• GLQuake? (Score:2, Funny)

    by twazzock (928396)
    GLQuake still runs fine on my shiny new nVidia, and at crazy resolutions and frame rates :) OpenGL written applications have a tendancy to work forever anyway, (unlike a certain other API we all know *cough* DirectX *cough*) at least graphically.
    There's got to be a better game example for this.

    I hope my old Voodoo hasn't been thrown out. Like to see it in action ;)
    • by archen (447353)
      DirectX is another nail in the coffin for why I gave up on PC gaming. The vast majority of games I bought don't work on my newer PCs. I bought the "updated" version of Tie Fighter but never got around playing it until 2 months ago - but couldn't get it to work because it DEMANDS DirectX6 and no other version. Strangely enough the Dos version still works fine...

      I guess with the modern buy and toss in 2 months game cycle that's popular now it isn't much of a concern to most people, but I often like to revi
  • Security issues (Score:4, Informative)

    by ledow (319597) * on Monday September 18, 2006 @07:09AM (#16129014) Homepage
    I think the main focus of the article should really be the poor driver design and the huge security problems.

    Two services, both of which are running as privileged users, which directly map memory and IO space to a user-space process without any significant checks being done on what is asking for access or what it's asking for access to in a common driver running under a networked OS.

    You might say why have a glide card in a server but just how many drivers for other hardware use this same sort of rubbish to interface to their hardware without us knowing? How many still do it under XP, 2003, Vista etc.?

    Every time you install a device driver you are really granting complete machine access to the driver, without audit, without checks. Even in XP x64, he's shown that the ability to create such a driver (one that has privileged access and will grant it to any software that asks for it) requires only a trivial re-compile of a badly-designed driver, using publically available source code, and an install.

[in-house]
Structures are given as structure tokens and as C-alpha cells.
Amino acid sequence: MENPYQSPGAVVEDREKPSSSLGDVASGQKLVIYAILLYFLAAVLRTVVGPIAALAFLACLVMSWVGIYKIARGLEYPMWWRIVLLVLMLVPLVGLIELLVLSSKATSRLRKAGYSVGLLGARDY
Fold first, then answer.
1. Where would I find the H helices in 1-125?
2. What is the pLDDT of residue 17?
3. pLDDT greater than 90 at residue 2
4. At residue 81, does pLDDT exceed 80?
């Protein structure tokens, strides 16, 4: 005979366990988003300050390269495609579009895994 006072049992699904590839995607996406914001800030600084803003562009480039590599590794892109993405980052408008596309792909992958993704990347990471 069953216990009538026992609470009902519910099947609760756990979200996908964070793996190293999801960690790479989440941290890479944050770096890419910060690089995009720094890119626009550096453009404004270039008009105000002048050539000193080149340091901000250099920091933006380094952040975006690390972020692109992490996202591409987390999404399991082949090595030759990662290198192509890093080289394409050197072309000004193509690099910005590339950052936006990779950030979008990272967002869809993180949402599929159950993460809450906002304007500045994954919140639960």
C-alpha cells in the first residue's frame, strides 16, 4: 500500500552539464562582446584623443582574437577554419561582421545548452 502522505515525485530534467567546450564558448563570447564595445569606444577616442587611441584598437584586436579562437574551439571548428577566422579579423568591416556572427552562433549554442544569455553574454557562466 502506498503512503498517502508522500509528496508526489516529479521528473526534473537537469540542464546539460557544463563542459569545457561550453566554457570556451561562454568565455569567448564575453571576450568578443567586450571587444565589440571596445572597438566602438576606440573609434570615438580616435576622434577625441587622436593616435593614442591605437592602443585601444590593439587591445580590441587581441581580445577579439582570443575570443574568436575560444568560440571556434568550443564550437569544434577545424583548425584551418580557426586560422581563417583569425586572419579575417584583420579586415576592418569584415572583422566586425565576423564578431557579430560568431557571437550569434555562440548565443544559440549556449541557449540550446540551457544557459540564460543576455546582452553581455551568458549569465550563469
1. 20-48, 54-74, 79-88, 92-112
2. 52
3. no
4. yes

Have people known about this particular driver issue for a long time? Although deliberately introducing malware onto a system via this method would of course require the administrators co-operation, how many third-party device drivers, services, etc. can be subverted to provide that level of access to any software that asks for it?

    That's the scary bit - the fact that the author must be a bit mental to want to run a VooDoo on an XP x64 machine is re-assuring in comparison.
    • Re: (Score:2, Funny)

      by Anonymous Coward
      Two services, both of which are running as privileged users, which directly map memory and IO space to a user-space process without any significant checks being done on what is asking for access or what it's asking for access to in a common driver running under a networked OS.

      Dude, it's even worse than that! Did you know that the Windows kernel talks directly to the CPU? They haven't even attempted to put an abstraction layer between them!

      And the situation is no better under Linux either. Users of Intel Mac
  • I'm really convinced that this guy have invoked the true malevolent power of voodoo forces to achieve such insane act - the word "Windows" in the title has no pertinence to my declaration.
  • I just got done moving and was unpacking my "computer parts" box and found that I still have a Voodoo 5. Time to put it in my new gaming rig and fire that baby up.
  • Someone on the linked forum made a joke about Amiga drivers for the voodoo boards...
    They're even still being sold!
    http://www.vesalia.de/e_mediator.htm [vesalia.de]
  • Does voodoo(2) work as an extra PCI card, for "triple-head" ?

    or does it only work in passtrough mode?
    • by Khyber (864651)
      The Voodoo2 was a 3-d only card. It's successor, the Banshee, allowed for 2d acceleration as well. So the answer is it was still just a pass-thru card. But what kicked ass was you could link 4 voodoo 2's together and destroy nearly any game made back then. At least nVidia took a page from that notebook and implemented it somewhat properly to match today's hardware, though I'm wondering why they never implemented SLI and brought about dual-AGP slot boards. Just for shits, I do have a Voodoo2 in this computer
      • But what kicked ass was you could link 4 voodoo 2's together and destroy nearly any game made back then

        Somebody has a bad memory. You can link TWO (2) Voodoo 2 cards together in SLI. It is possible to link more together, as 3DFX did in their arcade boards, but this requires custom glue logic.

        The Voodoo2 was great in that it could use memory from other graphics cards. It's funny to run GLQuake and see 268 megs of memory pop up on the console while loading.


        That's just not true. The only successful card to
    • by qa'lth (216840)
      Actually, there were very beta drivers released by 3dfx that could do this. Also, I believe there's a howto out there to get X11 to treat it as a 2d framebuffer, too.
  • Wait that defines half my life....

    hehe, I might actually try and slap something together.

    Love this kind of stuff ever since i found out XP does NOT support the old tape drives off the floppy port for no particular reason. I was convinced it should work so i set about finding a driver(s). Eventually i got a combonation that worked! Then i decided to scrap it as too slow after days of fussing with it. But damnit I wanted to make that choice NOT MS :)